Stephanie Saul, New York Times, January 14, 2016
Should Harvard be free?
That is the provocative question posed by a slate of candidates running for the Board of Overseers at Harvard, which helps set strategy for the university. They say Harvard makes so much money from its $37.6 billion endowment that it should stop charging tuition to undergraduates.
But they have tied the notion to another, equally provocative question: Does Harvard shortchange Asian-Americans in admissions?
Their argument is that if Harvard were free, more highly qualified students from all backgrounds would apply, and the university would no longer have trouble balancing its class for racial or ethnic diversity–making sure, they say, that Asian-Americans do not lose out.
The slate of five candidates was put together by Ron Unz, a conservative California software entrepreneur who has sponsored ballot initiatives opposing bilingual education. Although the campaign, “Free Harvard, Fair Harvard,” includes one left-leaning member–the consumer advocate Ralph Nader–Mr. Unz and the other three candidates have written or testified extensively against affirmative action, opposing race-based admissions.
Their positions are in lock step with claims in a federal lawsuit accusing the university of discriminating against Asian-Americans in admissions. Harvard has denied the accusations.
Coincidence or not, the plaintiffs in that case are seeking from Harvard exactly what the Unz slate wants: disclosure of data showing how the university’s freshman class is selected each year.
The politically charged data holds the potential to reveal whether Harvard bypasses better-qualified Asian-American candidates in favor of whites, blacks, Hispanics and the children of the wealthy and powerful, the group argues.
If Harvard abolishes tuition for undergrads, Mr. Nader said, “it will ricochet across the Ivy League.”
Maybe. Officials at Harvard suggested that even if the slate were to win, the idea is a nonstarter, pointing out that the endowment is split into thousands of funds designated for specific uses that have nothing to do with undergraduates.
“There is a common misconception that endowments, including Harvard’s, can be accessed like bank accounts, used for anything at any time as long as funds are available,” Jeff Neal, a Harvard spokesman, said. “In reality, Harvard’s flexibility in spending from the endowment is limited by the fact that it must be maintained in perpetuity and that it is largely restricted by the explicit wishes of those who contributed the endowed funds.”
Mr. Neal also said that although tuition is high, Harvard, like many universities with large endowments, is generous with financial aid, awarding more than $1.4 billion to undergraduates in the past decade.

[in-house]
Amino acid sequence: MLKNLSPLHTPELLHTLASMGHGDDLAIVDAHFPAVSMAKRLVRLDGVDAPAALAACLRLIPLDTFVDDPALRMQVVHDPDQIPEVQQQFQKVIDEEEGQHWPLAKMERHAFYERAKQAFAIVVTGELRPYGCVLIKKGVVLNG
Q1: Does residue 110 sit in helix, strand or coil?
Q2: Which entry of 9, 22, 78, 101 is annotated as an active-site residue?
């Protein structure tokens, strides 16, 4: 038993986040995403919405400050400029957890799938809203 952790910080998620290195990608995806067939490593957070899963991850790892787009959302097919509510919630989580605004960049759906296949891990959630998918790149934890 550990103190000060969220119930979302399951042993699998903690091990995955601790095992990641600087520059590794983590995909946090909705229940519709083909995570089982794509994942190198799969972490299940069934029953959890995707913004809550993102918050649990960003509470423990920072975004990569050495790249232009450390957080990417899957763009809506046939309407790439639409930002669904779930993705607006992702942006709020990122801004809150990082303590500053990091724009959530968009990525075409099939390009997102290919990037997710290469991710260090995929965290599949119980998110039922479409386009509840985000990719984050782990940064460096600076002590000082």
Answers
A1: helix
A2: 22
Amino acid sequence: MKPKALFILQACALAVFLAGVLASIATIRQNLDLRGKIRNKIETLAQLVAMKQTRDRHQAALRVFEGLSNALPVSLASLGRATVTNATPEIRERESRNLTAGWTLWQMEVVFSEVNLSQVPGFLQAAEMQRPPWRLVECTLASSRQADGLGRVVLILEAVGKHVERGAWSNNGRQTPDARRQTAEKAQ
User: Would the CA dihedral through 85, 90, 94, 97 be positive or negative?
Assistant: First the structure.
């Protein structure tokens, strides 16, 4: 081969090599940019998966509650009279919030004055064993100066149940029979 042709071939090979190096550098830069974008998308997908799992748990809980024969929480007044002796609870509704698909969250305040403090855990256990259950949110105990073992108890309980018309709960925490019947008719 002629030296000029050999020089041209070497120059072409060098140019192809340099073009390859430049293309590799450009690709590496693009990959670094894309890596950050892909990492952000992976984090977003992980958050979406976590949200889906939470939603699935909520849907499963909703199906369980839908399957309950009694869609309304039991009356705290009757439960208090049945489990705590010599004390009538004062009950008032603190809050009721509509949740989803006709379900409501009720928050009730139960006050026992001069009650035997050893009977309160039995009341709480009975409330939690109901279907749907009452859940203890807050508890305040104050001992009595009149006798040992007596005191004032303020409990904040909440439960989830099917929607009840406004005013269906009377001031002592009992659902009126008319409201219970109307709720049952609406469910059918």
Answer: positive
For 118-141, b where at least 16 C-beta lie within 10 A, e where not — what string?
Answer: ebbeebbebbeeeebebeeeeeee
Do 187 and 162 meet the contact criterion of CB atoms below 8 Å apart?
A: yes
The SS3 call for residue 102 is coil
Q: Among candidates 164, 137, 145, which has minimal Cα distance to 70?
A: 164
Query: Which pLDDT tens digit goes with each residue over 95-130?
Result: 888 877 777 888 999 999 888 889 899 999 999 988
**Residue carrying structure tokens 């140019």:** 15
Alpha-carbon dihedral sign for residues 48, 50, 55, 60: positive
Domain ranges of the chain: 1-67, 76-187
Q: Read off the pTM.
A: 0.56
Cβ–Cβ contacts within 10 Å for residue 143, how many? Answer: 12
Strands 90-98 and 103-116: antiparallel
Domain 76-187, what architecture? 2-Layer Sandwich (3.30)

But Mr. Unz says that even with potential aid, prospective low-income applicants may be discouraged by the published tuition of $45,000 a year.
Mr. Unz, whose 2012 data analysis of admissions at Harvard and other Ivy League institutions is cited in the case against the university, said his slate was not pressing to abolish affirmative action at Harvard, but was only seeking more information. But several members of the group are known for their past advocacy against using race in admissions.
One is Lee C. Cheng, a Harvard graduate and chief legal counsel for the online electronics retailer Newegg.com. He is co-founder of an organization that filed a brief in support of the white plaintiff in the lawsuit against the University of Texas that is before the Supreme Court.
Mr. Cheng is also quoted in the suit against Harvard, which was brought by Students for Fair Admissions.
Another member of the slate is Stuart Taylor Jr., a former reporter for The New York Times who got his law degree from Harvard and is co-author of a 2012 book contending that affirmative action harms minority students. And another is Stephen Hsu, a physicist and vice president at Michigan State University who has written against the use of race in college admissions.
Mr. Nader, who also got his law degree from Harvard, said the admissions system has been “bollixed up for decades” by legacies and other preferences.
The Board of Overseers, with 30 members elected for rotating six-year terms, is the second most powerful board at the university. Members are generally elected from nominees selected by the Harvard Alumni Association.
To be placed on the ballot, other candidates must get petitions signed this month by 201 Harvard graduates.
Mr. Unz, who these days is busy collecting signatures, believes his group stands a good chance. Part of his strategy apparently relies on low turnout among the 320,000 or so alumni, combined with the hope that an estimated 15,000 to 20,000 Asian-American graduates will be energized by the “Fair Harvard” plank.